Buddhism, founded in the late 6th century BC by Siddhartha Gautama (the Buddha), is an important religion in most of the countries of Asia. Buddhism has come in many different forms, but in each form there has been an attempt to draw from the life experiences of the Buddha, his teachings, and the spirit or essence of his teachings (called dharma) as models for the religious life.
However, before the writing of the Buaciha Charija (life of the Buddha) by Ashvaghosa in the 1st or 2nd century AD, the members did not have a complete record of his life. The Buddha was born in North India (appx. 0 BC) at a place called Lumbini, near the Himalayan Foothills, and he began to teach around Benares (at Sarnath). His era in general was one of spiritual, intellectual, and social ferment.
This was the time when the Hindu idea of giving up family and social life by holy people seeking Truth first became widespread. Siddhartha Gautama was the warrior son of a king and queen. According to the legend, at his birth, a person predicted that he might become a renouncer (withdrawing from the temporal life). To prevent this, his father gave him many luxuries and pleasures.
But, as a young man, he once went on a series of four chariot rides where he first saw the more severe forms of human suffering: old age, illness, and death. The difference between his life and human suffering made him realize that all the pleasures on earth were short, or temporary, and could only hide human suffering. Leaving his wife and new son (Rahula Fetter), he took on several teachers and tried to meditate and worship in the forest until the point of near starvation. Finally, when he realized that this too was only adding more suffering, he ate food and sat down beneath a tree to meditate.
By morning, he had attained Nirvana (enlightenment), which gave him the answers to the causes of suffering and permanent release from it. Now the Buddha began to teach others these truths out of understanding for their suffering. The most important rules he taught included the Four Noble Truths and Eight-Fold Path. His first Noble Truth is that life is suffering (dukkha). The second Noble Truth is that craving for pleasures and for things to be as they are not causing suffering. The third Noble Truth, states that suffering has an end, and the fourth offers the means to that end which are the Eight-Fold Path and the Middle Way.
If someone follows this combined path he or she will obtain Nirvana (Enlightenment), an indescribable state of all-knowing easily understood awareness in which there is only peace and joy. The Eight-fold Path, represented as a picture by an eight-spoked wheel (the Wheel of Dharma), includes Right Views (the Four Noble Truths), Right Intention, Right Speech, Right Action, Right Livelihood/Occupation, Right Endeavor, Right Mindfulness (total concentration in activity), and Right Concentration (meditation).
After the Buddha’s death, his celibate followers slowly settled down into monasteries that were paid for by the married followers as gifts. The monks then taught the followers some of Buddha’s teachings. They also visited the Buddha’s birthplace; worshiped the tree under which he became enlightened (a bodhi tree), built Buddha-images in temples, and put the remains of his body in many burial mounds. A famous king, named Ashoka, and his son helped to spread Buddhism through South India and in Sri Lanka, in the Third Century BC.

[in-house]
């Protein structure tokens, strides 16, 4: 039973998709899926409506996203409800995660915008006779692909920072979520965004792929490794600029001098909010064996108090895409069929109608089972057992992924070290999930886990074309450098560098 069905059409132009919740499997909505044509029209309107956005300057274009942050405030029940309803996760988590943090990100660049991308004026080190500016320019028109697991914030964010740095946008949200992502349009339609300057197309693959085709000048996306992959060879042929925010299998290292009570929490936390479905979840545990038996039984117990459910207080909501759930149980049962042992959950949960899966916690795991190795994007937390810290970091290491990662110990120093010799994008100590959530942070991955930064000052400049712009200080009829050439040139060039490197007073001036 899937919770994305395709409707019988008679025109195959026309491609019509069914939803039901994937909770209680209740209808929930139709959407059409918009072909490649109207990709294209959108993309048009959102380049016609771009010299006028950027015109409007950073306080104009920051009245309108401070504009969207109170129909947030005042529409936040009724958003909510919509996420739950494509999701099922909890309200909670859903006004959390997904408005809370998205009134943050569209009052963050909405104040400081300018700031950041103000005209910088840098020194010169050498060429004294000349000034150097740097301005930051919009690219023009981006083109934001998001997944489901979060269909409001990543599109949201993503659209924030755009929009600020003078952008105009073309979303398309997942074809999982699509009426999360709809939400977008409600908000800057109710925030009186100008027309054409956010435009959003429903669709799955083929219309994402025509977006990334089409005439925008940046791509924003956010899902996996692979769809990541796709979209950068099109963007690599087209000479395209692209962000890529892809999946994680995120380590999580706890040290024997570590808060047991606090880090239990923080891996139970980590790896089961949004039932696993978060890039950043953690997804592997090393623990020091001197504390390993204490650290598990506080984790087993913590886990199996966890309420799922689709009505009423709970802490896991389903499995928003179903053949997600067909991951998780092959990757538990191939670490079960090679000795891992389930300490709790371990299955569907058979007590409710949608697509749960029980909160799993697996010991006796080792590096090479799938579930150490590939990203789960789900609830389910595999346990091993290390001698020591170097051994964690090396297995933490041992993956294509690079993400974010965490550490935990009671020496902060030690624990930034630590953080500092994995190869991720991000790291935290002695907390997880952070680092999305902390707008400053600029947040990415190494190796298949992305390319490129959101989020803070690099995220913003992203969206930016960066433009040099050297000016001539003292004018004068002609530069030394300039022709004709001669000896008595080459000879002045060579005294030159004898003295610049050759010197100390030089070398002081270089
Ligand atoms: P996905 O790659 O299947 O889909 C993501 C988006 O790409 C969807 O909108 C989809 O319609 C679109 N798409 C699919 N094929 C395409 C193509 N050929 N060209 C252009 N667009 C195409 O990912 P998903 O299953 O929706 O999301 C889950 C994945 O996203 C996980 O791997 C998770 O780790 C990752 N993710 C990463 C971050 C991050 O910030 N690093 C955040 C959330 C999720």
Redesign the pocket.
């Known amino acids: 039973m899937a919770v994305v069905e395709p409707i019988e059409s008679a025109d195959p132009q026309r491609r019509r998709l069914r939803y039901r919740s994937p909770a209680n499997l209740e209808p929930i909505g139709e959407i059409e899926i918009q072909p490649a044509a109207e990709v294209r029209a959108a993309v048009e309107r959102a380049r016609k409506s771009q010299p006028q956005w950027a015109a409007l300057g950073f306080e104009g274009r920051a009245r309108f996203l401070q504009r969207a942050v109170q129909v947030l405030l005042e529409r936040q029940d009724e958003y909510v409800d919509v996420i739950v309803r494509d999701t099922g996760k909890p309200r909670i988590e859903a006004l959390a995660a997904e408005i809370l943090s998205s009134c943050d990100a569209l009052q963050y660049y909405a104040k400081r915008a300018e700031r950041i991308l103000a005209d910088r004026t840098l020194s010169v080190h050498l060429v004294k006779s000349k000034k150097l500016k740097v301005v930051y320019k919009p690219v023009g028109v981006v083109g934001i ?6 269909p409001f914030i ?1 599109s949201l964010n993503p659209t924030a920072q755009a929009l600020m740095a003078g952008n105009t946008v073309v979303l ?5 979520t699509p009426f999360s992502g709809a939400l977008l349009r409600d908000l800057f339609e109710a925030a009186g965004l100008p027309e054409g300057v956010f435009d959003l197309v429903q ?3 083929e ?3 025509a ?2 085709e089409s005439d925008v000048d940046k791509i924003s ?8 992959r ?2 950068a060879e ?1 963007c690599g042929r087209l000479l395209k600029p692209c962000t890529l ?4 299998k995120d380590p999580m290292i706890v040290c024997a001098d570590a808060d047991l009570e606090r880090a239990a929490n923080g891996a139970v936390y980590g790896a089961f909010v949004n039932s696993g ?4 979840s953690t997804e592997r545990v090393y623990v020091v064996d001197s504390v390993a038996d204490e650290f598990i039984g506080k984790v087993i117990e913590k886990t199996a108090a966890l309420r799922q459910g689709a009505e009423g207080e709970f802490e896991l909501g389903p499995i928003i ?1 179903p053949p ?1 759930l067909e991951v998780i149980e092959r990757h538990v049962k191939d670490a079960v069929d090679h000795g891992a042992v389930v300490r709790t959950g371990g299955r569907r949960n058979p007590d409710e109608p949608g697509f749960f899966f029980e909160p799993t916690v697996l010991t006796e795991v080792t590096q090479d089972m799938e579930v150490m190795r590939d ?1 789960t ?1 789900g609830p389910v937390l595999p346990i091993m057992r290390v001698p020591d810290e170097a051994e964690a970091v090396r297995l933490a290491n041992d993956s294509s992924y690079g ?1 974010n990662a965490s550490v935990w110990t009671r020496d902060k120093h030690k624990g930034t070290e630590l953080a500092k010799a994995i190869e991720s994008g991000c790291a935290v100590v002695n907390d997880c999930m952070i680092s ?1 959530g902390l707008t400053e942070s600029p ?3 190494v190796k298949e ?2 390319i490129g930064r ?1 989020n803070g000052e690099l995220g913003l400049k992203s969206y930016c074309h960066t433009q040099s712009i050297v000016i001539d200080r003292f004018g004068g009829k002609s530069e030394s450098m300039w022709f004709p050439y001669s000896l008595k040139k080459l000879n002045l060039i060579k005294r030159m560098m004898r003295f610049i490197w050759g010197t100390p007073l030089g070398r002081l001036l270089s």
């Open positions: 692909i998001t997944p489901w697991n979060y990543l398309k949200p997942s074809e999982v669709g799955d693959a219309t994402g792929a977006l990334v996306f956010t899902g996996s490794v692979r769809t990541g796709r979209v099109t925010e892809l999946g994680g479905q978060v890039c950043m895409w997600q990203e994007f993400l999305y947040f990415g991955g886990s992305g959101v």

The Buddha’s followers built many monastic schools. Around the First Century AD, a major split occurred within the Buddhist fold, between the Mahayana and Hinayana branches. Of the Hinayana branch of schools, only the Theravada school remains; it is currently found in Sri Lanka and all Southeast Asian countries. This school stresses the historical figure of Gautama Buddha, and the center of the monk’s lifestyle and practice (meditation).
Theravada monks hold that the Buddha taught a law of anatta (no soul), when he spoke of the not long lasting of the human body and form, perception, sensations and feelings, consciousness, and volition. They believe that human beings continue to be reformed and reborn, and to collect karma (the effects of moral action on the person who is the cause of the action) until they reach Nirvana. The Mahayana (Greater Vehicle) branch of schools began about the First Century AD; Mahayanists are found today mostly in Korea, China, Japan, and Tibet.
The three well-known schools are Pure Land, Chan or Len, and Tantra. Mahayana schools stress that worshipers can also be good Buddhists. The form of the historical Buddha was only one manifestation of Buddha Nature. Mahayana speaks of many past and also future Buddha’s, some of who are god-like and watch over Buddha-worlds or heavenly paradises. Especially important are bodhisattvas, who are people who have reached the point of Enlightenment, but turn around and take a vow to use their enlightenment, compassion, wisdom, and power to help release others from their suffering.
Buddhism became virtually extinct in India (approximately Twelfth Century AD), partly because of the ways of Hinduism, Muslim invasions, or too great a stress on the monk’s way of life. However, it is still practiced in China, Japan and in parts of Asia. As a religion, it has proved its possibility of living and practical spirituality in the countries of Asia in which it is followed. The many forms and practices that have been developed within the Buddhist fold have allowed many different types of people to become Buddhists.